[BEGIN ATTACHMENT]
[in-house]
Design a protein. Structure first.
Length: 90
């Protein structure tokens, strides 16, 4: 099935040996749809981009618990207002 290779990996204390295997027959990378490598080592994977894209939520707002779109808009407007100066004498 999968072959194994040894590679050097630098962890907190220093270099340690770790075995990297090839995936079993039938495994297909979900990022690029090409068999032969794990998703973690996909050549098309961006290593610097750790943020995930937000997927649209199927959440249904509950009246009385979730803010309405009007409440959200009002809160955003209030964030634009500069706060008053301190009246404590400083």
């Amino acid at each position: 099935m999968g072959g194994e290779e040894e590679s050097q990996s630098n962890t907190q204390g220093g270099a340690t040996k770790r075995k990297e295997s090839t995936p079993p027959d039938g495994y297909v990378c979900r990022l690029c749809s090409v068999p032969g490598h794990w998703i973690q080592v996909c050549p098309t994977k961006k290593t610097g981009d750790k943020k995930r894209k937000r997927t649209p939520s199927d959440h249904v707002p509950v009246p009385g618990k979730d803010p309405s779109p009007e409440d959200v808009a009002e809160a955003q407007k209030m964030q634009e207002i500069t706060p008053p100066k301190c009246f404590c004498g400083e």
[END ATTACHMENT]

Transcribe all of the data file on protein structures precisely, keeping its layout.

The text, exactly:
[in-house]
Design a protein. Structure first.
Length: 90
């Protein structure tokens, strides 16, 4: 099935040996749809981009618990207002 290779990996204390295997027959990378490598080592994977894209939520707002779109808009407007100066004498 999968072959194994040894590679050097630098962890907190220093270099340690770790075995990297090839995936079993039938495994297909979900990022690029090409068999032969794990998703973690996909050549098309961006290593610097750790943020995930937000997927649209199927959440249904509950009246009385979730803010309405009007409440959200009002809160955003209030964030634009500069706060008053301190009246404590400083």
């Amino acid at each position: 099935m999968g072959g194994e290779e040894e590679s050097q990996s630098n962890t907190q204390g220093g270099a340690t040996k770790r075995k990297e295997s090839t995936p079993p027959d039938g495994y297909v990378c979900r990022l690029c749809s090409v068999p032969g490598h794990w998703i973690q080592v996909c050549p098309t994977k961006k290593t610097g981009d750790k943020k995930r894209k937000r997927t649209p939520s199927d959440h249904v707002p509950v009246p009385g618990k979730d803010p309405s779109p009007e409440d959200v808009a009002e809160a955003q407007k209030m964030q634009e207002i500069t706060p008053p100066k301190c009246f404590c004498g400083e």